[Python-Dev] Re: Stability and change
Guido van Rossum
Mon, 08 Apr 2002 10:01:17 -0400
> > > Isn't this dangerous? Build config seems very delicate to me.
> > Bloody hell yes.
> <aol>me too</aol>. I know I try to build releases on everything I can
> get hold of (the cf.sf.net machines, the dec^Wdigital^Wcompaq^Wwhoever
> testdrive boxes), but that's a whole lot of work. And that's not including
> the, ahem, less unixish Unixes like AIX and HP/UX. Unless it's a platform
> to which I have a lot of exposure (and in the last few years that's been
> mostly linux and solaris), I'm not going to try and make this stuff work.
> > This is a real issue. There are build fixes for AIX 3 on sf for 221;
> > they're not going in because I'm scared that they'll break something
> > else.
> *nod* Yep. The chances of a build fix going in that's not completely
> and utterly clearly the Right Thing to do is almost nil. And given that
> the number of people who are actually willing to _test_ builds (as
> opposed to just bitch about how it doesn't do exactly what they want)
> is almost nil, I can't see this changing.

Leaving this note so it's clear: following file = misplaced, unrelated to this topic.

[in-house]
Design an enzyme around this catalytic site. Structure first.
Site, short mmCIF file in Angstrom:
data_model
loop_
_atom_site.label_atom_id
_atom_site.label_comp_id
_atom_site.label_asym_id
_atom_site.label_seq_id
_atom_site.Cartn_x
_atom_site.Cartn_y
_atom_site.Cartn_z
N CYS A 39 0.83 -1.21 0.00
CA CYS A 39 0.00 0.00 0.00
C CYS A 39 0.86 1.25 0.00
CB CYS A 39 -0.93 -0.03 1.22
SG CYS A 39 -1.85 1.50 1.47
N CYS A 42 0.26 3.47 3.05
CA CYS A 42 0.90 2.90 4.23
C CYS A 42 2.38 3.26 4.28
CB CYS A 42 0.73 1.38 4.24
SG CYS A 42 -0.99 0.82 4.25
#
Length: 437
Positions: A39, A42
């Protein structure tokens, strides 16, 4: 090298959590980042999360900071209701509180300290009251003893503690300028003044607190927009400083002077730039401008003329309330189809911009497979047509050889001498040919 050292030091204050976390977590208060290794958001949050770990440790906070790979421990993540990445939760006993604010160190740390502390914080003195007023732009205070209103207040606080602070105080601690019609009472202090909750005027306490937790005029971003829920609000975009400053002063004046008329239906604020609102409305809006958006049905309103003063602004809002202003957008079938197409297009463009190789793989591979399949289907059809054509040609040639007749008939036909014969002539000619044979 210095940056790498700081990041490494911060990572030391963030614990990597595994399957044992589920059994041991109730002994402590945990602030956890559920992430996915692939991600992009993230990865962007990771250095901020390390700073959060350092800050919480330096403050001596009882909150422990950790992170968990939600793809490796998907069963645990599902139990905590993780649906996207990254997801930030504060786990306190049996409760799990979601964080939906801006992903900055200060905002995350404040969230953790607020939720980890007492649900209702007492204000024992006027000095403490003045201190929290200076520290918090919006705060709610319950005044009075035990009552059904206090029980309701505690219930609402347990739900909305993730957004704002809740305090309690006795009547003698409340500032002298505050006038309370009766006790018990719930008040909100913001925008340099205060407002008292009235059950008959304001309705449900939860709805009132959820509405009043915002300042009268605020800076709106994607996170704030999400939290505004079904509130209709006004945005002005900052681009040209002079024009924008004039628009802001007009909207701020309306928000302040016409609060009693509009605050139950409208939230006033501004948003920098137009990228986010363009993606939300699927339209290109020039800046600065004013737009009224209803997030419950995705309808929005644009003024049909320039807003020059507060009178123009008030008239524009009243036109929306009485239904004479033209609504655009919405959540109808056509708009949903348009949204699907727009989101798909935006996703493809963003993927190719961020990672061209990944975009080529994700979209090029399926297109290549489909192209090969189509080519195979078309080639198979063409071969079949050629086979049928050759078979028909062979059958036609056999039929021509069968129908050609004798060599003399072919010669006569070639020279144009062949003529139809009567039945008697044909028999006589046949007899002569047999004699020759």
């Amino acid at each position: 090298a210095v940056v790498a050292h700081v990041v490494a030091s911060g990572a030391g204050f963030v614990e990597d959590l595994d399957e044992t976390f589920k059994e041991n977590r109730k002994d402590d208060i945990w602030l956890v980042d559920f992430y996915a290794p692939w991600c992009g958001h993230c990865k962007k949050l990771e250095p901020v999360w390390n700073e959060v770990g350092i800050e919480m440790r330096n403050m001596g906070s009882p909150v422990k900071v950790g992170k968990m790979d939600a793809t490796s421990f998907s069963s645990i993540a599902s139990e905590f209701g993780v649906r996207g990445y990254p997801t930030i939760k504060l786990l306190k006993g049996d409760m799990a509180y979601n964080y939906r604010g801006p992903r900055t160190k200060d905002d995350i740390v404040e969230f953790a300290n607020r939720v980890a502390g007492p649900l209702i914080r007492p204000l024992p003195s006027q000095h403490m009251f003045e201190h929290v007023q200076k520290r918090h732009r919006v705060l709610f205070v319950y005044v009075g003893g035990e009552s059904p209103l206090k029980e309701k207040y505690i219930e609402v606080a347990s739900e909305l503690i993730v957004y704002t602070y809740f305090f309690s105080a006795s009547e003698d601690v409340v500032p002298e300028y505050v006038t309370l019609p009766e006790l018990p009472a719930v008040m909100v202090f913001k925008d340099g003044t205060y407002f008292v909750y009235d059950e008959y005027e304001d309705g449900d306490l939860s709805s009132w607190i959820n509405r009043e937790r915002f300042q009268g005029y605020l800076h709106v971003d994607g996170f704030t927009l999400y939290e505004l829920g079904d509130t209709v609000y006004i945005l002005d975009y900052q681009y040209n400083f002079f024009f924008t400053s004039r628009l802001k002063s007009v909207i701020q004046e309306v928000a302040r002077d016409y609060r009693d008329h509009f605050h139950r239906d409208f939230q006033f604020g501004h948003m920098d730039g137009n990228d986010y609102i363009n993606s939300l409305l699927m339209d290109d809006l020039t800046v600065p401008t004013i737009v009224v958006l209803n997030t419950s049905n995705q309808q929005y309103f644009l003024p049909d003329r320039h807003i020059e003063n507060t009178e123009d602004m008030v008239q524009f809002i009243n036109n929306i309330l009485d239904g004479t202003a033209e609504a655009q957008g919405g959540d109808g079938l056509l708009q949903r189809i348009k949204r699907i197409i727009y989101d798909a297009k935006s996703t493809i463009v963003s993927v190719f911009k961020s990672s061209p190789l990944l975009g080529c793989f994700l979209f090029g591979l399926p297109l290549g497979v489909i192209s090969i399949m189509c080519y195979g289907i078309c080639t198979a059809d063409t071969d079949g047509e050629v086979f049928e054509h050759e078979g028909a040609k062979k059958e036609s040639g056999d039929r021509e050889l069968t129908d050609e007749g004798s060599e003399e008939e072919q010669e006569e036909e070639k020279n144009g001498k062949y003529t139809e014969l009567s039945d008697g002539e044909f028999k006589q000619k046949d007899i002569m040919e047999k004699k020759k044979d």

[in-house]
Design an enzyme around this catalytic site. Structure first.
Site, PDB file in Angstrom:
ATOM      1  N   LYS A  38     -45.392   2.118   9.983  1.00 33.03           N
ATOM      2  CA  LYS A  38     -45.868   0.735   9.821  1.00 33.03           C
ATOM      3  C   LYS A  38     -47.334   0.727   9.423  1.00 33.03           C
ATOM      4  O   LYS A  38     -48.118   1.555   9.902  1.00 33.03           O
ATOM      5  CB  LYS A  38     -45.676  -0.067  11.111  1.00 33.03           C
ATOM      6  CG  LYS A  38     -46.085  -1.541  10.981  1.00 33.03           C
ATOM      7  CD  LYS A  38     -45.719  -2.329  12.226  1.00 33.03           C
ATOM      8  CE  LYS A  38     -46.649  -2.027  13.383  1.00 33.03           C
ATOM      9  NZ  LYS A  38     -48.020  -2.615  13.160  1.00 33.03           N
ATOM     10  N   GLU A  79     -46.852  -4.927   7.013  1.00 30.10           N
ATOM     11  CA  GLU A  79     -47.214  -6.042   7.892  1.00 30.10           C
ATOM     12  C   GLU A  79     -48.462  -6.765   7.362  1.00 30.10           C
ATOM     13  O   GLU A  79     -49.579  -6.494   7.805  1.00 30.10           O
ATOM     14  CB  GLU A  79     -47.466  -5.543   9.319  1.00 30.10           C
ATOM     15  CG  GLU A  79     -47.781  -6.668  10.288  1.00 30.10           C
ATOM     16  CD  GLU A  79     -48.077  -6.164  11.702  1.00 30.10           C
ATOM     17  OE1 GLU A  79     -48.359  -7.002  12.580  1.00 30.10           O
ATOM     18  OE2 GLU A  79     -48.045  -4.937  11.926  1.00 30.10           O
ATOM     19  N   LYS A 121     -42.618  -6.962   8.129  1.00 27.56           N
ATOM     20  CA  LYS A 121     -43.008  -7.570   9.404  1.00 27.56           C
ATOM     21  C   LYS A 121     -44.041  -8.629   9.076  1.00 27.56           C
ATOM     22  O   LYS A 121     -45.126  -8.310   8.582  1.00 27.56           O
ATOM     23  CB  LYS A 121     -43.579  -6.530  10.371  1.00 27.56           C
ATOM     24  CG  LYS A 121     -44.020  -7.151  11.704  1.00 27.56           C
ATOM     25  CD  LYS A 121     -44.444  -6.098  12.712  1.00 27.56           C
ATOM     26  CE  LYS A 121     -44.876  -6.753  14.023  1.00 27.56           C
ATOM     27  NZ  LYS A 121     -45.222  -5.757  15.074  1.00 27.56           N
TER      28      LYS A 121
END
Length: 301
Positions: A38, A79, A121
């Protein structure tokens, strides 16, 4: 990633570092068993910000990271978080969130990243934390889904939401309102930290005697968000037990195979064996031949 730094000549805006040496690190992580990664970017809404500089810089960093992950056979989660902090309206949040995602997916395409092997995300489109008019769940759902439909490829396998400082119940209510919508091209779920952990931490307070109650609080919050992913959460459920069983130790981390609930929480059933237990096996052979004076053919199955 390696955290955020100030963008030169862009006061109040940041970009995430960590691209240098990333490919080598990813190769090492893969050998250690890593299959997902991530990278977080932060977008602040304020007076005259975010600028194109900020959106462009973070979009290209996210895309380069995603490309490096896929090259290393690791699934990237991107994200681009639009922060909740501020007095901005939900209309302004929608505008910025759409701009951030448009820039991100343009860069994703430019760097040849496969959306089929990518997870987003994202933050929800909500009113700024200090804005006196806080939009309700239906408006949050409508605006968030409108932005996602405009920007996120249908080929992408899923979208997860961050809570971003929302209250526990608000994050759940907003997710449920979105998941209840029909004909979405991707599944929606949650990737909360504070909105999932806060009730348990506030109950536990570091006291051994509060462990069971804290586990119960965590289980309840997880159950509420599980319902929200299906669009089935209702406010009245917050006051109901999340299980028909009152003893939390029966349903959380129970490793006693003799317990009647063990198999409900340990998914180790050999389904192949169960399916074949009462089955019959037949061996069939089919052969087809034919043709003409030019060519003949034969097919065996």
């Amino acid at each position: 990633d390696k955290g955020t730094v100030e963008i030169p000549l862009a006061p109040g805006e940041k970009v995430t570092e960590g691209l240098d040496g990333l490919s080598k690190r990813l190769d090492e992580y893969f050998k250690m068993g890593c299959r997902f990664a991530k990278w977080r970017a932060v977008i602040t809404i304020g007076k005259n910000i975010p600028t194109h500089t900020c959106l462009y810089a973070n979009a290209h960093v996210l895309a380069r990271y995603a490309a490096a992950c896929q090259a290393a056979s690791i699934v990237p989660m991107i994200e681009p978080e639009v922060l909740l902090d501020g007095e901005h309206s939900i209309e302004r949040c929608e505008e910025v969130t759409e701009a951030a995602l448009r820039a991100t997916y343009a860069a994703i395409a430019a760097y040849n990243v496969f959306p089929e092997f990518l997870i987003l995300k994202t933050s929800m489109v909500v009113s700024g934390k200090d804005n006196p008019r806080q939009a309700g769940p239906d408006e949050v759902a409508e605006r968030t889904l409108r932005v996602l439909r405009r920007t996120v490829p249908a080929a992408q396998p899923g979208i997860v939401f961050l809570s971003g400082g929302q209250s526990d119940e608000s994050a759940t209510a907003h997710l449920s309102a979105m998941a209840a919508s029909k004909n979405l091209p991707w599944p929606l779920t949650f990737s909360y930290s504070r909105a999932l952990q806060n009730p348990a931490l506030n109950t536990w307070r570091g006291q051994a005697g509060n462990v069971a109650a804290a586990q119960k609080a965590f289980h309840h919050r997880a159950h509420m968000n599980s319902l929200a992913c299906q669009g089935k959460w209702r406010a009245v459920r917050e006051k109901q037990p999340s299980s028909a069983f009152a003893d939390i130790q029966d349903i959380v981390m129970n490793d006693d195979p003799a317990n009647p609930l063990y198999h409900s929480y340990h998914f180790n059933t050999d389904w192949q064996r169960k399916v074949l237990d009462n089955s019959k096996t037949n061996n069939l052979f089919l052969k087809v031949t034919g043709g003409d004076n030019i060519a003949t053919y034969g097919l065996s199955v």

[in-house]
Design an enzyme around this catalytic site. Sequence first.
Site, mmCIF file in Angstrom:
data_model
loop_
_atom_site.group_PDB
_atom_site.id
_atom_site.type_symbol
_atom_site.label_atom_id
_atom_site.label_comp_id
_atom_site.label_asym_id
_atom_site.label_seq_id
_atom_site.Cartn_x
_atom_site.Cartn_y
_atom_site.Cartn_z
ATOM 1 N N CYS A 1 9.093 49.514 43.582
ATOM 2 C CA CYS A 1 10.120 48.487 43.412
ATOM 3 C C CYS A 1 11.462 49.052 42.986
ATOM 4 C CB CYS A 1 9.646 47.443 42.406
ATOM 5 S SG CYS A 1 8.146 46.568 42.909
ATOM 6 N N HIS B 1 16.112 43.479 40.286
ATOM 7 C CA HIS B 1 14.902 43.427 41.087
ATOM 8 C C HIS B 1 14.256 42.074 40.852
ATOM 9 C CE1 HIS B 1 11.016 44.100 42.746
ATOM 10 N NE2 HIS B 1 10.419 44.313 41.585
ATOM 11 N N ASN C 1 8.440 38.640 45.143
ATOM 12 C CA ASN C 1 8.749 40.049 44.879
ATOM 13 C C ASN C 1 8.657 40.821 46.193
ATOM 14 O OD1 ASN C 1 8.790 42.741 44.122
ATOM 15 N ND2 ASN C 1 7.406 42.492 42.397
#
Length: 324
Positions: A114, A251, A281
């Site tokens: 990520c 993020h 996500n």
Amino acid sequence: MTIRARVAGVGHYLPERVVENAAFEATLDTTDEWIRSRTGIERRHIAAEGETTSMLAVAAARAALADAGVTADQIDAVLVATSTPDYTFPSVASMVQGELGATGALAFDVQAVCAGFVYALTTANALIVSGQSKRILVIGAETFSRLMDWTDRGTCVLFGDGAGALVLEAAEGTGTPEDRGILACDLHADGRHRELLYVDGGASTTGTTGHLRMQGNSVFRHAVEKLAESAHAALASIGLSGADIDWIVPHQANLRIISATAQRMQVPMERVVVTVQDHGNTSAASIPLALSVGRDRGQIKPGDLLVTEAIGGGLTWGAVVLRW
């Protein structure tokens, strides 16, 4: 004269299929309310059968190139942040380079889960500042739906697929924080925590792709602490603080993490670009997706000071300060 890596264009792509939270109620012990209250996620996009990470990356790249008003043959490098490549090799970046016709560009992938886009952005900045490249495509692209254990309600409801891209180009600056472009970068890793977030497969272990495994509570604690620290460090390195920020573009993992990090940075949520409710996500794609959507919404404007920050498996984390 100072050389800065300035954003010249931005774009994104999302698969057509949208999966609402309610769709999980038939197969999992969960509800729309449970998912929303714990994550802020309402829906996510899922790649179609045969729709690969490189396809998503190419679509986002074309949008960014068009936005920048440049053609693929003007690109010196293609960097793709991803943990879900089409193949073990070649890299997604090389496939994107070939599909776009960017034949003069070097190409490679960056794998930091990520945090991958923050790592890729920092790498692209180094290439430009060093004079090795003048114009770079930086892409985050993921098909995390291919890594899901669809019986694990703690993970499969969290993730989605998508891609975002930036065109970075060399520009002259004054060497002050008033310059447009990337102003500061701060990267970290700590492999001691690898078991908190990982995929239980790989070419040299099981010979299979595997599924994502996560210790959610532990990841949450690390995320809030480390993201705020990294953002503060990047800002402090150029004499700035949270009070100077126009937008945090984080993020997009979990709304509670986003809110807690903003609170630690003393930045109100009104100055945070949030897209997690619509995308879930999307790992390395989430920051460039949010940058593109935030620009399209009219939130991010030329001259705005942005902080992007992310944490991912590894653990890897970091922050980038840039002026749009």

All that is true, and yet, backporting portability might be important:
as an old release ages, it's likely that new portability issues pop
up, as new versions of Linux, AIX, HPUX appear.
One thing that should be relatively easy is backporting the
configure.in file. This is pretty much independent from the rest of
Python; the only time when it wouldn't work would be if we stop
defining a certain symbol because we don't need it any more. I expect
that's very rare, because most symbols exist to deal with a specific
portability issue, not with a specific Python feature.
The testing is a problem, but if we can test 2.3 on platform X, it
shouldn't be too hard to test 2.1.3 there, too.
--Guido van Rossum (home page: http://www.python.org/~guido/)